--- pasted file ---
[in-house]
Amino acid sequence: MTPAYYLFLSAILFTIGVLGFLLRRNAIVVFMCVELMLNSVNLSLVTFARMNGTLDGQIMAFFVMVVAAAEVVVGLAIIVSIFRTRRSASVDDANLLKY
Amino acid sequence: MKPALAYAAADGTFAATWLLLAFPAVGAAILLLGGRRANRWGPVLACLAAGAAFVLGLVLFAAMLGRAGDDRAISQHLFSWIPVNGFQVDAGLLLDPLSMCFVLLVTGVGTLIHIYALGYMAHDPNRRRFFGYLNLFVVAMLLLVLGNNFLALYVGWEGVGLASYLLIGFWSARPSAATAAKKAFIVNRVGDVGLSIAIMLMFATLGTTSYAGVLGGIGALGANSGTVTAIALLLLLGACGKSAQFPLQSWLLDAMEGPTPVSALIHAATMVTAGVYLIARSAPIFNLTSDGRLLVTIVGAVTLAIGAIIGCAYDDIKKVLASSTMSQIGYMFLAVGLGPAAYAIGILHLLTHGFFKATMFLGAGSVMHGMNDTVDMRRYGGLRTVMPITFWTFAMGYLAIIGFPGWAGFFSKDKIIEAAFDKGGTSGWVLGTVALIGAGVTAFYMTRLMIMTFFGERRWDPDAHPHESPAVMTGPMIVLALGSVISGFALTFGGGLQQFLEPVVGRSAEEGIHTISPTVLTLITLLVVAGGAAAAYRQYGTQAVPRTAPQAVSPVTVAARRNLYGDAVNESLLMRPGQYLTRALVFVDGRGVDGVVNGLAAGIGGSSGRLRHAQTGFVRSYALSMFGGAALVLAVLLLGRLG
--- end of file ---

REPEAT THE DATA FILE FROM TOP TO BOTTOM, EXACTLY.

[in-house]
Amino acid sequence: MTPAYYLFLSAILFTIGVLGFLLRRNAIVVFMCVELMLNSVNLSLVTFARMNGTLDGQIMAFFVMVVAAAEVVVGLAIIVSIFRTRRSASVDDANLLKY
Amino acid sequence: MKPALAYAAADGTFAATWLLLAFPAVGAAILLLGGRRANRWGPVLACLAAGAAFVLGLVLFAAMLGRAGDDRAISQHLFSWIPVNGFQVDAGLLLDPLSMCFVLLVTGVGTLIHIYALGYMAHDPNRRRFFGYLNLFVVAMLLLVLGNNFLALYVGWEGVGLASYLLIGFWSARPSAATAAKKAFIVNRVGDVGLSIAIMLMFATLGTTSYAGVLGGIGALGANSGTVTAIALLLLLGACGKSAQFPLQSWLLDAMEGPTPVSALIHAATMVTAGVYLIARSAPIFNLTSDGRLLVTIVGAVTLAIGAIIGCAYDDIKKVLASSTMSQIGYMFLAVGLGPAAYAIGILHLLTHGFFKATMFLGAGSVMHGMNDTVDMRRYGGLRTVMPITFWTFAMGYLAIIGFPGWAGFFSKDKIIEAAFDKGGTSGWVLGTVALIGAGVTAFYMTRLMIMTFFGERRWDPDAHPHESPAVMTGPMIVLALGSVISGFALTFGGGLQQFLEPVVGRSAEEGIHTISPTVLTLITLLVVAGGAAAAYRQYGTQAVPRTAPQAVSPVTVAARRNLYGDAVNESLLMRPGQYLTRALVFVDGRGVDGVVNGLAAGIGGSSGRLRHAQTGFVRSYALSMFGGAALVLAVLLLGRLG